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South Korea to keep importing eggs despite bird flu downgrade
April 19, 2017 / 7:20 AM / 8 months ago

South Korea to keep importing eggs despite bird flu downgrade

SEOUL (Reuters) - South Korea is set to keep importing eggs from overseas for the next few weeks despite downgrading the country’s worst-ever bird flu outbreak by one notch from the highest level.

A man shops for eggs imported from the U.S., as South Korea scrambled to boost imports to relieve a shortage amid its worst-ever bird flu outbreak, at a market in Seoul, South Korea, January 23, 2017. REUTERS/Kim Hong-Ji

The downgrade was introduced from Wednesday as no new cases of the virus have emerged for about two weeks, but government sources said egg imports would keep pouring into the country as it would take time for domestic output to recover after more than a fifth of the nation’s total poultry population was culled.

An agriculture ministry official said local supply would return to normal in the second half of the year, but that in the meantime imports would continue, mainly from Australia.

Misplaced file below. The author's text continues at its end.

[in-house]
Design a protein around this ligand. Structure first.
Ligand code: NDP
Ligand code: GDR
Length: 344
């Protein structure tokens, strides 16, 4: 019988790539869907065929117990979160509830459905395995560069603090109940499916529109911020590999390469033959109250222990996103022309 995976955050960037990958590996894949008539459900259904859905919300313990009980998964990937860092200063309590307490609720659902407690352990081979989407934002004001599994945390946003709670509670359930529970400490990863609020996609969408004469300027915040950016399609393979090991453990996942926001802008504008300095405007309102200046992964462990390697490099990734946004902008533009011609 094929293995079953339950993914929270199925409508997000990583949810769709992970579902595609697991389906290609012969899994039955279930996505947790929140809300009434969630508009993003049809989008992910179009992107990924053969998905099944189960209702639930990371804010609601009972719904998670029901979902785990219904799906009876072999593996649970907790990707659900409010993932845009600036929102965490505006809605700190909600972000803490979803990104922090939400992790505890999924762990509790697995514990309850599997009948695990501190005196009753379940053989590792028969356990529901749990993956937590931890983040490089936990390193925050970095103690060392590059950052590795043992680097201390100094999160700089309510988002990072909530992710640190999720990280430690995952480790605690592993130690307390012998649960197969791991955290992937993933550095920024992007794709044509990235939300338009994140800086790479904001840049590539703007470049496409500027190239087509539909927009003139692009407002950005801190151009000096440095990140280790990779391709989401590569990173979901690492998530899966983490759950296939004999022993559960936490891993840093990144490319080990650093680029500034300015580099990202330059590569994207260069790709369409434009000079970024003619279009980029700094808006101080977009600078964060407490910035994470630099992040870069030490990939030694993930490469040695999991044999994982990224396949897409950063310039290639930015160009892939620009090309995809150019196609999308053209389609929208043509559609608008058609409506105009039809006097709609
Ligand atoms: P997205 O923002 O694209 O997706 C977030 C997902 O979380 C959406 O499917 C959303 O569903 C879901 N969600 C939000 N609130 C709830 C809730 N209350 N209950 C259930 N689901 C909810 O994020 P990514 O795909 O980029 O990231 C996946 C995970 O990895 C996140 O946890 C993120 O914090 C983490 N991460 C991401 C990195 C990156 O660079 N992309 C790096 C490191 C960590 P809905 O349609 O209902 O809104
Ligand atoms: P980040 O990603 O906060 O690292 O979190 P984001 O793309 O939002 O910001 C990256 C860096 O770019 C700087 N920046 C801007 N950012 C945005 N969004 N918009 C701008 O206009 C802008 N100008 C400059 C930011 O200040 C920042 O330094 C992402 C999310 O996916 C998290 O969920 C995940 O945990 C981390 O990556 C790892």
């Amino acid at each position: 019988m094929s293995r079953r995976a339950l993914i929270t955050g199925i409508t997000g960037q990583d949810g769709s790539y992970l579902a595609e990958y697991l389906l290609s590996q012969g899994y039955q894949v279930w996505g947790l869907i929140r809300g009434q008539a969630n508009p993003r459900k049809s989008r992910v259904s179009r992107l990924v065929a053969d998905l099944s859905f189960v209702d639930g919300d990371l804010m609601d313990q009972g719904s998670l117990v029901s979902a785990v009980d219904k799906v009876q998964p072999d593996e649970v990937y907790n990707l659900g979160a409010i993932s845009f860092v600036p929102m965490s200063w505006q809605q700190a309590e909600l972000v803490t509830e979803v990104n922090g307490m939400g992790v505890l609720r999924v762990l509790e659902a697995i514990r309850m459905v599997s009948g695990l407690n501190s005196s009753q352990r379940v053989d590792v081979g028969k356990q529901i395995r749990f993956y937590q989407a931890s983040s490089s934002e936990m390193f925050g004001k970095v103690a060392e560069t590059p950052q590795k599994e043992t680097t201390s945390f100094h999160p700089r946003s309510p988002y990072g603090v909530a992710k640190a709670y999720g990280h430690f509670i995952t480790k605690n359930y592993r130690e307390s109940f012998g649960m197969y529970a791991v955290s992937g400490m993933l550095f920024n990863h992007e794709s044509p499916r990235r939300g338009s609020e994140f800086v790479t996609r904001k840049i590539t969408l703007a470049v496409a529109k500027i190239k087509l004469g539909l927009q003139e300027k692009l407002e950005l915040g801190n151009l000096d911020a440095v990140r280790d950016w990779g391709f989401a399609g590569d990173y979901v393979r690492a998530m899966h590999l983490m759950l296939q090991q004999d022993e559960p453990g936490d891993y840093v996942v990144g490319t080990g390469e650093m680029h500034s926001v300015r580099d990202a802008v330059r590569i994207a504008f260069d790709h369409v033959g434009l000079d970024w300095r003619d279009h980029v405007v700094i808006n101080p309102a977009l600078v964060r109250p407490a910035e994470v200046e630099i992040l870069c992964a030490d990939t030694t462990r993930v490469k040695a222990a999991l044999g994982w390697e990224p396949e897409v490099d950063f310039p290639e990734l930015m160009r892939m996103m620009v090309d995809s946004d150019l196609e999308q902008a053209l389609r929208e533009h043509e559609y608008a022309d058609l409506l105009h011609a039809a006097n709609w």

The official, who asked to remain anonymous, said the government was also looking to clear egg imports from Thailand. Shipments from the United States were halted after a bird flu outbreak there.

Jeju Miyin Corp, a trading and distribution company, will ship in around 400,000 of Australian brown-shelled eggs, or 20 tonnes, of eggs per week until local egg prices stabilize, said company head Mark Yun.

The average retail price of 30 eggs was at 7,671 won ($6.71) as of Tuesday, up 35.6 percent since the first bird flu outbreak was confirmed on Nov. 18, according to data from state-run Korea Agro-Fisheries & Food Corp.

The first batch of seaborne imports by Jeju Miyin is scheduled to arrive on Wednesday at the port of Busan, Yun said. Previously most cargoes had come by air.

The imported eggs will be mainly distributed to restaurants and grocery stores.

“A total of 1 million eggs are en route to South Korea and will arrive within the next three weeks,” he said, referring to imports by his company.

Reporting by Jane Chung; Editing by Joseph Radford

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